Delegates to the Scottish Trades Union Congress on Monday rounded on 17 years of Conservative underfunding for schools, colleges and universities but avoided any reference to Labour's sensitive agenda for education.
Kathie Finn, a Glasgow teacher and STUC general council member, proposing the main education motion, said the country still retained a distinct Scottish education system, "but only just".
Primary testing, school boards and opting out had sought to undermine the comprehensive system, drawing on ideologies from south of the border, Ms Finn said.
"Schools are trying to deliver a new curriculum, working with groups and individual children in a classroom with 33 in a class. I want you to picture a primary 1 class where ages range from four years five months to five years six months and there are 33 of them. Try to picture doing that for five hours a day because that is what primary 1 teachers do," she commented.
Staff ratios in nursery schools were 1:10. Yet in primary 1, at a crucial stage of development, the most an individual child could expect was five minutes each day of the teacher's time. This was the pattern throughout the system.
"Schools have changed, teachers have changed, methods have changed but not the size of classes," Ms Finn said.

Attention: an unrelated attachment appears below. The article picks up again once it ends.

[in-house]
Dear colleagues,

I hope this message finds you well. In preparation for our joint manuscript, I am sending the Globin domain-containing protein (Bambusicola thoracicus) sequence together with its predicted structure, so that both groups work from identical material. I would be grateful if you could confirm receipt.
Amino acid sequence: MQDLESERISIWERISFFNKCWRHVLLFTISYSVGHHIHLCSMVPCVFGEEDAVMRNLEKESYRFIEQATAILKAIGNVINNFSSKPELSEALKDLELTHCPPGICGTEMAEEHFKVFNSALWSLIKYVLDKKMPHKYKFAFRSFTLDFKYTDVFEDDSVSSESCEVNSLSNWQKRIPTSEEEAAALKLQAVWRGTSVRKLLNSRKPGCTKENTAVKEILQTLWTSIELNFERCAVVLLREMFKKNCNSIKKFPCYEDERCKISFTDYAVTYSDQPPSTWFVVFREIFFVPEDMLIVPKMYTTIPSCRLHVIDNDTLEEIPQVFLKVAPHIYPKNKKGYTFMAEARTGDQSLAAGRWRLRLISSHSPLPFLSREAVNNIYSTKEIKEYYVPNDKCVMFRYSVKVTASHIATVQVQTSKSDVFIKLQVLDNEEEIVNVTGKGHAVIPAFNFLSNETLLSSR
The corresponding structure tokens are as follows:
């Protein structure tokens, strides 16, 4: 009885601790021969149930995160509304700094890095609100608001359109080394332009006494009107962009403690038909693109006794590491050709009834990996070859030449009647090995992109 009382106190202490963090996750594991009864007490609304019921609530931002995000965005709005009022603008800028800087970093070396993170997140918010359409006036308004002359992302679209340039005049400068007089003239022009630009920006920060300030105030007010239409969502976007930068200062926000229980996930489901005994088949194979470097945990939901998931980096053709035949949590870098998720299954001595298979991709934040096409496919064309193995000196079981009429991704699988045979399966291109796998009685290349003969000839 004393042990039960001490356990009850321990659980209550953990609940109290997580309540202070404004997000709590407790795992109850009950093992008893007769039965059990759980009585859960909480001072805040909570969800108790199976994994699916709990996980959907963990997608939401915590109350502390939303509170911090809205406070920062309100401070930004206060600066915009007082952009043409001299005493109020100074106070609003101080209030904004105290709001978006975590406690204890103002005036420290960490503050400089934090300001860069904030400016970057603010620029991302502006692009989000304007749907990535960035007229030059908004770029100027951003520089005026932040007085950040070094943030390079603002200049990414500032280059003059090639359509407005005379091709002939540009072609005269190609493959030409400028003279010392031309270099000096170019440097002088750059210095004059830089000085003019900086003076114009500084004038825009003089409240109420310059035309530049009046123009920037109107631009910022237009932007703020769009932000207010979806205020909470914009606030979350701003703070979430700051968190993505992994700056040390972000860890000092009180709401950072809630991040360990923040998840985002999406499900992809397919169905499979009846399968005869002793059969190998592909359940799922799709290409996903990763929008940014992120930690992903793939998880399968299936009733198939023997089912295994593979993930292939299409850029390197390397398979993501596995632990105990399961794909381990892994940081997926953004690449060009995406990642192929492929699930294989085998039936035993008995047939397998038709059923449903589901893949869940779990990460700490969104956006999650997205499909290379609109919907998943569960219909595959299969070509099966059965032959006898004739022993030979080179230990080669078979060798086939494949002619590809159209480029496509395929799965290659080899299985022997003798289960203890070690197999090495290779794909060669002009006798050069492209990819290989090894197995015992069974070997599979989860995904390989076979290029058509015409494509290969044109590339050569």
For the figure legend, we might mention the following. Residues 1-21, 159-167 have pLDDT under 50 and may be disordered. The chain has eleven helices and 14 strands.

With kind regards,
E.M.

The situation had deteriorated with the advent of single-tier councils. Glasgow proposed to charge Pounds 5 for every half-day session at council nurseries if children live outside the city's boundaries. "For the first time, you are actually paying for education in the state sector," Ms Finn warned.
David McGinty, Educational Institute of Scotland, accused the Government of being the most "undemocratic and centralising" administration this century and of lying to parents over funding. Ministers suggested the increase in council spending was 2.9 per cent but the "real increase was 0.8 per cent". In his own area, Aberdeenshire Council had had to impose cuts in education of Pounds 11.5 million, the most severe to hit schools.
The Scottish response to ministers' arguments about levels of funding, delivered at the EIS-led demonstration in Edinburgh in February attended by 40,000 people, was unequivocal: "We do not believe you."
"The Scottish people do not want a reallocated Scottish block grant. They want a bigger Scottish block grant so that local councils can provide the education services Scottish people want," Mr McGinty said.